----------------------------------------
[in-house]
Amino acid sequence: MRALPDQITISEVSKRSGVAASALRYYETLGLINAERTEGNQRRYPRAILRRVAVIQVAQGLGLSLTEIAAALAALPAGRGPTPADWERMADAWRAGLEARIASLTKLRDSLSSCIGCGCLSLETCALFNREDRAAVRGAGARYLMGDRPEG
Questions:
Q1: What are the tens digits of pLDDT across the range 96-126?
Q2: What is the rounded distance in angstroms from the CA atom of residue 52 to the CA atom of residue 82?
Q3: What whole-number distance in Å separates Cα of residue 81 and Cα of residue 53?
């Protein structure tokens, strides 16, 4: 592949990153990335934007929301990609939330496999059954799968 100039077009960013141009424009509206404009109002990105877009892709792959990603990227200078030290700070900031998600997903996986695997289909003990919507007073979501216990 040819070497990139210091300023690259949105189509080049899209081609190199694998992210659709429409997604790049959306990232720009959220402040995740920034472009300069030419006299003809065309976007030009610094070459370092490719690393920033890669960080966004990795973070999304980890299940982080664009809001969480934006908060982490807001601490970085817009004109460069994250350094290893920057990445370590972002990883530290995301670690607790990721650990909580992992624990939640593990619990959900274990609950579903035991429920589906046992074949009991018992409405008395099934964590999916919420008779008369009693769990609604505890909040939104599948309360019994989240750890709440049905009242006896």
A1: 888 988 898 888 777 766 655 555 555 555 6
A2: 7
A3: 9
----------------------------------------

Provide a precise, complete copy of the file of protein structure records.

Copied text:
[in-house]
Amino acid sequence: MRALPDQITISEVSKRSGVAASALRYYETLGLINAERTEGNQRRYPRAILRRVAVIQVAQGLGLSLTEIAAALAALPAGRGPTPADWERMADAWRAGLEARIASLTKLRDSLSSCIGCGCLSLETCALFNREDRAAVRGAGARYLMGDRPEG
Questions:
Q1: What are the tens digits of pLDDT across the range 96-126?
Q2: What is the rounded distance in angstroms from the CA atom of residue 52 to the CA atom of residue 82?
Q3: What whole-number distance in Å separates Cα of residue 81 and Cα of residue 53?
């Protein structure tokens, strides 16, 4: 592949990153990335934007929301990609939330496999059954799968 100039077009960013141009424009509206404009109002990105877009892709792959990603990227200078030290700070900031998600997903996986695997289909003990919507007073979501216990 040819070497990139210091300023690259949105189509080049899209081609190199694998992210659709429409997604790049959306990232720009959220402040995740920034472009300069030419006299003809065309976007030009610094070459370092490719690393920033890669960080966004990795973070999304980890299940982080664009809001969480934006908060982490807001601490970085817009004109460069994250350094290893920057990445370590972002990883530290995301670690607790990721650990909580992992624990939640593990619990959900274990609950579903035991429920589906046992074949009991018992409405008395099934964590999916919420008779008369009693769990609604505890909040939104599948309360019994989240750890709440049905009242006896």
A1: 888 988 898 888 777 766 655 555 555 555 6
A2: 7
A3: 9